The influence of the Internet and social media on the ability of citizens to connect, share ideas, and join communities is undeniable. In 2011, popular movements in the Middle East and North Africa demonstrated the Internet’s power to enable individuals to exercise their fundamental rights, in particular the right to freedom of expression as well as the right to peaceful assembly and association. In this context, the Office of the High Commissioner for Human Rights also points to the role of social media in peaceful protest movements in many other cities across the globe.

These events illustrate the powerful impact of social media by generating awareness of and support for efforts of people from all walks of life seeking to bring about change, unconstrained by borders, time, and distance.

“The Internet’s influence on society has been profound,” said Lynn St. Amour, Internet Society President and CEO. “The Internet Society is committed to ensuring an open, global, and accessible Internet. It is an instrumental tool to sustain basic human aspirations for freedom and social development.”
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Internet Society statement on DNS Filtering in the US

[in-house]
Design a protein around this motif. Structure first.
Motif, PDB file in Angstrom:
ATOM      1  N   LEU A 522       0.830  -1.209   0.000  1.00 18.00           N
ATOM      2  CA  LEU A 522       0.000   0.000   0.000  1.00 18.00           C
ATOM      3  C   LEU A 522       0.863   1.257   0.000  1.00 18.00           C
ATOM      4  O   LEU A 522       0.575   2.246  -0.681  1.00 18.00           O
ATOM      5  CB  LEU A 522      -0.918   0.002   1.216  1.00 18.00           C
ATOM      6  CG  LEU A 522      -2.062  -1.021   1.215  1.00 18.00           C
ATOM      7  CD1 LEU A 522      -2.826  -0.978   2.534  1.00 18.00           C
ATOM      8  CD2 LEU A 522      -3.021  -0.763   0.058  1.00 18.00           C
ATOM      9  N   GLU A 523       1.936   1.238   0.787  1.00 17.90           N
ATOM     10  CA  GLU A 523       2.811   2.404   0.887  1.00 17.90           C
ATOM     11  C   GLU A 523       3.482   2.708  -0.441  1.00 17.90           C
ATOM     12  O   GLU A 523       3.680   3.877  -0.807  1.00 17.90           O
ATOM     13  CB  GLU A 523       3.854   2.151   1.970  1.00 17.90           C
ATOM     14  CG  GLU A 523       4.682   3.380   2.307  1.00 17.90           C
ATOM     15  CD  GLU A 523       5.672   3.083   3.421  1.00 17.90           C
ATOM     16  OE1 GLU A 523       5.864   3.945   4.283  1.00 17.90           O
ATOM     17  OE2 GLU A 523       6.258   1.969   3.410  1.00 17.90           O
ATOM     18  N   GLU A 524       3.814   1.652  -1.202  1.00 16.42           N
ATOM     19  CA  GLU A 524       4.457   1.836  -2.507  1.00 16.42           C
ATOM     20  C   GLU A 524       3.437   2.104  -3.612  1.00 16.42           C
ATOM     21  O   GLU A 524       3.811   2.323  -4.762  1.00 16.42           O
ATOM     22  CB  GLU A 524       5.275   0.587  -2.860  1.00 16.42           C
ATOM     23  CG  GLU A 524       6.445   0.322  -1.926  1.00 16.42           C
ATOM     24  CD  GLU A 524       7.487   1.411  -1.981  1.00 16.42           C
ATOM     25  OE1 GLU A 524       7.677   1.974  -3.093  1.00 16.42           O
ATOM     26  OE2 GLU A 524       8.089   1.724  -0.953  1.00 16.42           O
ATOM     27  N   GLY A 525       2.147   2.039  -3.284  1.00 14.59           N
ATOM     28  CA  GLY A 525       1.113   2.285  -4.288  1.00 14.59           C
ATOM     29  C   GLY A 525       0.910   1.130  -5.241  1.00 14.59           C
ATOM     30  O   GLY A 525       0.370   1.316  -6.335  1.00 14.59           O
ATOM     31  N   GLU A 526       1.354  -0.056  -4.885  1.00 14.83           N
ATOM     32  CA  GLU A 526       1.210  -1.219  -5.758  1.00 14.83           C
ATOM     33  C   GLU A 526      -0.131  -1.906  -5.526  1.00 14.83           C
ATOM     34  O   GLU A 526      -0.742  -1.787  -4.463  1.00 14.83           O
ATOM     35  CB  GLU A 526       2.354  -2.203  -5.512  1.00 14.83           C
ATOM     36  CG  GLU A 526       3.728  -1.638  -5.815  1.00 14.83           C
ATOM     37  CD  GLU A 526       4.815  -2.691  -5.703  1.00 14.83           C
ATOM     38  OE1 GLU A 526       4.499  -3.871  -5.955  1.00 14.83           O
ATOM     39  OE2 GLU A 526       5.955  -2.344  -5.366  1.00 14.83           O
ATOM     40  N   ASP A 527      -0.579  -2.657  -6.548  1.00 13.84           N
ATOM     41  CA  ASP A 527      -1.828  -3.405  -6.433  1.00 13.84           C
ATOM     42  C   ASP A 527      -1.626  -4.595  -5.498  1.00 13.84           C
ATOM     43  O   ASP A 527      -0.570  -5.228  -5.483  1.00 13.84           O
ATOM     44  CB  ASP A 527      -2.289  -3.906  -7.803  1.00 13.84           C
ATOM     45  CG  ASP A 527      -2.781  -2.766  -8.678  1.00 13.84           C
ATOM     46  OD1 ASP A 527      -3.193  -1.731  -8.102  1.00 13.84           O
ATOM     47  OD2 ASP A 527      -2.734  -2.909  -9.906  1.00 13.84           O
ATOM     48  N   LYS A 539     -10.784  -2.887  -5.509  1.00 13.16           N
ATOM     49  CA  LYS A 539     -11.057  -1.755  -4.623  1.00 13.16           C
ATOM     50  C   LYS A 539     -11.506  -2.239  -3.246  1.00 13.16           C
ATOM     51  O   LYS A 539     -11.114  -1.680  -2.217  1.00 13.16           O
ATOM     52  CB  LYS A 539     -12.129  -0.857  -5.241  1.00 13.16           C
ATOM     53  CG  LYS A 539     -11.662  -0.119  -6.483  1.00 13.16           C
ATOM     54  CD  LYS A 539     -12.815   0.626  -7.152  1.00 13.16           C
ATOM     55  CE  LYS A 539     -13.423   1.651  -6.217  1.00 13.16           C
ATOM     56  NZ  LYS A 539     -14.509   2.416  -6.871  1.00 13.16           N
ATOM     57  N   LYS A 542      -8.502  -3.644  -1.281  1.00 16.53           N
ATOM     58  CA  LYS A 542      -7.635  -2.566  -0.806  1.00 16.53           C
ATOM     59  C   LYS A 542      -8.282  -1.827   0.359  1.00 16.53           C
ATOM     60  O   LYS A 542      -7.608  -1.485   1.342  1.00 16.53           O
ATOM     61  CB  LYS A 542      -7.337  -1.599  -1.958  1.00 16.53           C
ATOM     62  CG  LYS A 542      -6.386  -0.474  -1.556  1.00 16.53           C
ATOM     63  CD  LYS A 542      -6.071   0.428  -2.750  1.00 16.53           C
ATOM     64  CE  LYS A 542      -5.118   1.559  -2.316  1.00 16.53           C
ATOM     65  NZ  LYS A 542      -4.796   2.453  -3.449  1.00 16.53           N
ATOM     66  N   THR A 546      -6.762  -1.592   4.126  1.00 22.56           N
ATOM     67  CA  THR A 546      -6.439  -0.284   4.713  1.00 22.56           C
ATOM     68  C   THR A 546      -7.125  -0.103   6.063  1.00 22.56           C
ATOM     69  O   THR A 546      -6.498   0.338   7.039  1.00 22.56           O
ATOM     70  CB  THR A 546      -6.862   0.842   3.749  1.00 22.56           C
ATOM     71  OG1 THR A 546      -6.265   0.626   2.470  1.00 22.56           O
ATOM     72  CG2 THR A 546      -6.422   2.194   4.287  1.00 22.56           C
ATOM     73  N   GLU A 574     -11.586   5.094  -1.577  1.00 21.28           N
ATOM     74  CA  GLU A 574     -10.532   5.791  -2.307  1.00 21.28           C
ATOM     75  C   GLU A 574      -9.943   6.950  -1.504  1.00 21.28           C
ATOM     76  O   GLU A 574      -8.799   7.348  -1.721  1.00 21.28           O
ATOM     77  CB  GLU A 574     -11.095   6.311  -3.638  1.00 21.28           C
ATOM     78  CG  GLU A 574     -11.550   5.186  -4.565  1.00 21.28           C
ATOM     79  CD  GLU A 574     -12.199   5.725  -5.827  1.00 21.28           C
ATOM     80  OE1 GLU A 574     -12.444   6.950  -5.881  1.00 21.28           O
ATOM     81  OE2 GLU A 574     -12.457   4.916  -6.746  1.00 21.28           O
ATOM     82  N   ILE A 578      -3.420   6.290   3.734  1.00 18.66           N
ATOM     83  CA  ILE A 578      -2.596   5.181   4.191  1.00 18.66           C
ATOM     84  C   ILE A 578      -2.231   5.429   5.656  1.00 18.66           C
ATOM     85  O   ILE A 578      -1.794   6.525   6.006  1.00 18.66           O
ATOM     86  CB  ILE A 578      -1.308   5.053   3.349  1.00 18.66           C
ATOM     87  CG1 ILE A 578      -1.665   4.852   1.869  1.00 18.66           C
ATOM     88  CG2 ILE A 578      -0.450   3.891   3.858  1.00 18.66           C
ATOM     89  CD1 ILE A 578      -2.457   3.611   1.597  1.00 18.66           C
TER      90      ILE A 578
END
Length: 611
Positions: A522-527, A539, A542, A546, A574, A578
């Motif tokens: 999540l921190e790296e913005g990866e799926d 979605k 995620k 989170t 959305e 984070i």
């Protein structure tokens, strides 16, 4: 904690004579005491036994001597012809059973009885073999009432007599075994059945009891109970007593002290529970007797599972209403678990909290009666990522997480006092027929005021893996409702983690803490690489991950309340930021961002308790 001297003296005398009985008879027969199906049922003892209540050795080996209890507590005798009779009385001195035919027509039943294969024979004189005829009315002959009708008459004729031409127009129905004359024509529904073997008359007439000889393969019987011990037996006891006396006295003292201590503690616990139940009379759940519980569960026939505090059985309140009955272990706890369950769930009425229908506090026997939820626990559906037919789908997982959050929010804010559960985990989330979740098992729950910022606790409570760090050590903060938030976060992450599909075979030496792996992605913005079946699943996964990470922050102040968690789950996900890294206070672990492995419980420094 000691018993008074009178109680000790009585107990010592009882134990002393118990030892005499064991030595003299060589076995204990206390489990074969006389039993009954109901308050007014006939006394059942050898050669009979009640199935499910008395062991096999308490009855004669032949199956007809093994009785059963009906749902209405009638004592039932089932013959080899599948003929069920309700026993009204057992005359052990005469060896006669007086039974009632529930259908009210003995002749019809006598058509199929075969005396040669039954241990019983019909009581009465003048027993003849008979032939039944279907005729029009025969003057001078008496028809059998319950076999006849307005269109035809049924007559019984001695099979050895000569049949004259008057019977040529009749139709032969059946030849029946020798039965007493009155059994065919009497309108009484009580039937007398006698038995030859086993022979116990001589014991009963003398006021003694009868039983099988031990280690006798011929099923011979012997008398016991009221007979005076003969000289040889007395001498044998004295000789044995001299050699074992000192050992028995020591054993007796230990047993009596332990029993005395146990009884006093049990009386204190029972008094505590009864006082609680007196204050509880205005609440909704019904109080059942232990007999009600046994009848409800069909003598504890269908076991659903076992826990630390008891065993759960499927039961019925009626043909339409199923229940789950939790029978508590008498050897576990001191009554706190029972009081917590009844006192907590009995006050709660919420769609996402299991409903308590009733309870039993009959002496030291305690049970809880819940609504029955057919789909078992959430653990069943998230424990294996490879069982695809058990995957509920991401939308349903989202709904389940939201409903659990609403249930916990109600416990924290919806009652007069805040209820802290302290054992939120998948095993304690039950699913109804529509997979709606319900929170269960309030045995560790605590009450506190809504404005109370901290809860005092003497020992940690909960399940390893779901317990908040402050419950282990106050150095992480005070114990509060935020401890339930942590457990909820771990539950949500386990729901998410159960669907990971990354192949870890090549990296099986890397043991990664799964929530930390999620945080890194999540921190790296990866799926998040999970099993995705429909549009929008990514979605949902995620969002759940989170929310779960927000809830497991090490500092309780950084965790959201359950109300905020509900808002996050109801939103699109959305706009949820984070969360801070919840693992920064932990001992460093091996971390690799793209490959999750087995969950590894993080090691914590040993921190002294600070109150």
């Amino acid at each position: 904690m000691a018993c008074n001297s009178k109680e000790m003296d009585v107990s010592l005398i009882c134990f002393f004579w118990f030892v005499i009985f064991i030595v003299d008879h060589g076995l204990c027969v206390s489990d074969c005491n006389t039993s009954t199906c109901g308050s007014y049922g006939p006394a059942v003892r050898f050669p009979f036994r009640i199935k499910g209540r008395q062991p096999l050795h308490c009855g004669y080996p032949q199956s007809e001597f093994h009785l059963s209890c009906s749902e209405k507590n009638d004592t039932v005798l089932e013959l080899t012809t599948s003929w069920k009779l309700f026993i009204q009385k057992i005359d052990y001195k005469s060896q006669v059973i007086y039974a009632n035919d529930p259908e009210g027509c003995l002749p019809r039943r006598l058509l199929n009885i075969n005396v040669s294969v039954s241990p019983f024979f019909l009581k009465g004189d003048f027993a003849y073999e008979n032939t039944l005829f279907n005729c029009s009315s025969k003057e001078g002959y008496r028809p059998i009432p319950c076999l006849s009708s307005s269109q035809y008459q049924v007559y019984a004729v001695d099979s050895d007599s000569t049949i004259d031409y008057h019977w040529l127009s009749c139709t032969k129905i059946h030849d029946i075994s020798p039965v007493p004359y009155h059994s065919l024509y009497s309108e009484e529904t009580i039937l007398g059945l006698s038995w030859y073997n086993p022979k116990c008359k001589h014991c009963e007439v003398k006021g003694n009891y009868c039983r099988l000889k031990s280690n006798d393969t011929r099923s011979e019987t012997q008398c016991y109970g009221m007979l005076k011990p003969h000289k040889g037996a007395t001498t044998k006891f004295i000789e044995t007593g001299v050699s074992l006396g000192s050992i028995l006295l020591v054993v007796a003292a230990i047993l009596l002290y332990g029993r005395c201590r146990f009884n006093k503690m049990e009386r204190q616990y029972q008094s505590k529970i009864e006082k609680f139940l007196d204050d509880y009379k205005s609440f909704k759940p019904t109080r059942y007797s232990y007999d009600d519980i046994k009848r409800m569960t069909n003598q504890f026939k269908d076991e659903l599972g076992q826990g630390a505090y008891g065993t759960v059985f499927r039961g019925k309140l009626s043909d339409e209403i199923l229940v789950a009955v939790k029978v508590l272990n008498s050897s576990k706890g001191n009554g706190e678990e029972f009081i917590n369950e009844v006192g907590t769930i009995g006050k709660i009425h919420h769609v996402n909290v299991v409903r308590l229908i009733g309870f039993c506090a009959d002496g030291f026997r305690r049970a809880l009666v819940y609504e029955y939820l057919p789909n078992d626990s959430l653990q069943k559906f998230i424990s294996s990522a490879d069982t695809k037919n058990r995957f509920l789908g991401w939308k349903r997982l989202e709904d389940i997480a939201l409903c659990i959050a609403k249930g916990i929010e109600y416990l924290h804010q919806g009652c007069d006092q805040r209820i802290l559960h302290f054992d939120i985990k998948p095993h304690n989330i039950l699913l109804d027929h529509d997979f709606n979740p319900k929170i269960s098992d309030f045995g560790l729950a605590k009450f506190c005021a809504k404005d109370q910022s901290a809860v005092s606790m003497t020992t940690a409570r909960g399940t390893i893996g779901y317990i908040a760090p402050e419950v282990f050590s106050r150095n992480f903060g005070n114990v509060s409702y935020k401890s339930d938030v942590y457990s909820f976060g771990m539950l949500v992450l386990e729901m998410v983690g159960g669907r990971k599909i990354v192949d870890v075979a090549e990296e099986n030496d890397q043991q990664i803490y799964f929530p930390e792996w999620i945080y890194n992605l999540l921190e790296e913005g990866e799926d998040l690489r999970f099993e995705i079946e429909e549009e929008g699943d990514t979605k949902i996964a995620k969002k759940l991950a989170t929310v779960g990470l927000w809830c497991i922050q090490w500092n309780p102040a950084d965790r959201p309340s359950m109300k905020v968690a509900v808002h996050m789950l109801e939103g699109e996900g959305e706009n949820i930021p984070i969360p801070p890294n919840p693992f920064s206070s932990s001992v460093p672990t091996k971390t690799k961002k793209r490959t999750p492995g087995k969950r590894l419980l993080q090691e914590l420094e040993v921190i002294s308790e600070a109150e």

The Internet Society has noted with concern a number of U.S. legislative proposals that would mandate DNS blocking and filtering by ISPs in order to protect the interests of copyright holders. We agree with proponents of the Protect-IP Act (PIPA) and Stop Online Piracy Act (SOPA) that combating illegal online activities is a very important public policy objective. However, policies that are enacted to achieve this goal must not undermine the viability of the Internet as a globally reachable platform. After close examination and consultation with the Internet community, we do not believe that the current U.S. legislative proposals are consistent with these basic principles.

In particular, we are concerned with provisions in both laws regarding DNS filtering. DNS filtering is often proposed as a way to block illegal content consumption by end users. Yet policies to mandate DNS filtering have not proven to be effective – these approaches interfere with cross-border data flows and services undermining innovation and social development across the globe. In addition, DNS blocking raises significant concerns with respect to human rights and freedom of expression and may curtail fundamental international principles of rule of law and due process.

The United States has an important leadership role when it comes to online Internet freedoms and should show the way when it comes to balancing local responsibilities and global impact, especially with respect to Internet policy.

In short, the negative impact of DNS filtering far outweighs any short-term, narrow, legal, and commercial benefits. The Internet Society believes that sustained, global collaboration amongst all parties is needed to find ways that protect the global architecture of the Internet while combating illegal online activities. We must all work to support the principles of innovation and freedom of expression upon which the Internet was founded.